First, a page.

For someone used to involving herself in political debate I am a little surprised to learn how much I have come to value the enforced public silence of the Civil Service Code: watching, reading and listening to others but not contributing. In the silence I have had time to think deeply about my feelings, my hopes, my fears without the noise of the public fray. I have been able to reflect and root my thoughts beyond the ‘us and them’. Political decisions aside, today I feel a sense of deep sadness that the world of hope through unity I grew up into, surrounded by people who had survived WWII, and even some who had survived WW1, has been so challenged in these last weeks.
I grew up with the idea of Europe as a shining special place that was home to a beautiful idea – that by seeking common cause we could be not just stronger but better, kinder, together. I was 9 when the UK joined the EC. I have known little else. I have spent my whole adult life travelling widely across Europe. I have worked with, taught, and loved people from all over Europe. And I have always regarded myself as a European as much as a Scot.
I know that the vote doesn’t change that, but I woke up today desperate to go to Munich – my German partner and I live between here and there and our future together is now as for so many thrown into doubt. My Facebook feed is full of the sadness and shock of former students and colleagues around the world, and especially of young people who seem stunned and even afraid. We have much to do to pull together in the spirit of that beautiful idea. To reassure our friends, our young people, ourselves, that no matter how you voted, the beautiful idea of common cause in unity against hatred and intolerance is bigger than all of this and can survive regardless.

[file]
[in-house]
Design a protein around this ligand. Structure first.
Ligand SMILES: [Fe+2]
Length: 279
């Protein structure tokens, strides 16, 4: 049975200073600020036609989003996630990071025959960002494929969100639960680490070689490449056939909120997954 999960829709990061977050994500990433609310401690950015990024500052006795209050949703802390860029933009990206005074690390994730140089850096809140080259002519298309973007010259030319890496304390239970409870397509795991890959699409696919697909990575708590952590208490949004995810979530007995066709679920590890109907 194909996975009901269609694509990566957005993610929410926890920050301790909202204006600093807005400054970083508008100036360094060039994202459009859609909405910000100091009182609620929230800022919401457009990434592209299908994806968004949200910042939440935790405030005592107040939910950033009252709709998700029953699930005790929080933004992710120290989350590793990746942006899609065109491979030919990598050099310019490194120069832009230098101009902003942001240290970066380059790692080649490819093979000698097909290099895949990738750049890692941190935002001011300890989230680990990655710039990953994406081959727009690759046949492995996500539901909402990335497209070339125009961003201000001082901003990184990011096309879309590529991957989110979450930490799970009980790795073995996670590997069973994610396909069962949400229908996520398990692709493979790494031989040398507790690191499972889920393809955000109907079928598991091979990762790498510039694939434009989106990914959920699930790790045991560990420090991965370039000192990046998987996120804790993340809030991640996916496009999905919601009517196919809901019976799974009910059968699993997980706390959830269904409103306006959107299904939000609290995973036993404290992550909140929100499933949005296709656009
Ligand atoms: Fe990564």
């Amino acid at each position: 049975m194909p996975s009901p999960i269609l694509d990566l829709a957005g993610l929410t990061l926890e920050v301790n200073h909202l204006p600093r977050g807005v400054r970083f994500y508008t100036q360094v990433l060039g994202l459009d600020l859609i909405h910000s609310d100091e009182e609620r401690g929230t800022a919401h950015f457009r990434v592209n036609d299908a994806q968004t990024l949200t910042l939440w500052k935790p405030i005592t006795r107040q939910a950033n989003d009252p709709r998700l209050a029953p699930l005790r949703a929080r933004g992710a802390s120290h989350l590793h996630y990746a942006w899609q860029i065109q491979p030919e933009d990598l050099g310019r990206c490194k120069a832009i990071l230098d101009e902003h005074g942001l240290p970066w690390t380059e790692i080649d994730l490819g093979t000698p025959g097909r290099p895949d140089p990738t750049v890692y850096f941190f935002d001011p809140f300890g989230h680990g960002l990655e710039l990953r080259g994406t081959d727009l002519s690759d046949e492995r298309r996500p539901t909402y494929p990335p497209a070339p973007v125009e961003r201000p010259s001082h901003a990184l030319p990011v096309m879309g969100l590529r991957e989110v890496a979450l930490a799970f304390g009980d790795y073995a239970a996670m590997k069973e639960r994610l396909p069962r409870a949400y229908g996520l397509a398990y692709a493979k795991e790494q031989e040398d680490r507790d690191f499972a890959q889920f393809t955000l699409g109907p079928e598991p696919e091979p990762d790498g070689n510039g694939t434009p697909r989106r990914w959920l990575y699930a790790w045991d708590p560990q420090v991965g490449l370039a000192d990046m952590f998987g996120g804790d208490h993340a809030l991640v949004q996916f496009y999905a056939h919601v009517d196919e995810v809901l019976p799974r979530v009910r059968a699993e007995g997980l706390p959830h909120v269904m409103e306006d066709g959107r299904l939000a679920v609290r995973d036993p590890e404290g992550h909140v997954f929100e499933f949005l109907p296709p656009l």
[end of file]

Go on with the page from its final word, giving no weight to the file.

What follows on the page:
Whatever the months and years ahead bring I hope very much that the forces of fear and mistrust that sadly played too visible a role in the debates can be addressed. There is much that can be improved in the democratic structures of the EU (as here), and Europe (as here) is struggling with those forces of hatred and intolerance. Regardless of how you feel, the idea of a Europe seeking common cause somehow, someway, is still a beautiful one and I choose to hold on to the belief that out of all of this sadness something stronger and better and even kinder can emerge.
Today also feels like a day to reach out and reassure. To all my European friends here in Scotland, well our First Minister said it for me – you are welcome here. To all the immigrants to this country feeling unsettled or even scared I hope the days ahead will allay those fears. And to all those whose suffering in WWII gave birth to the idea of the EU, I’m sorry. Sometimes we forget.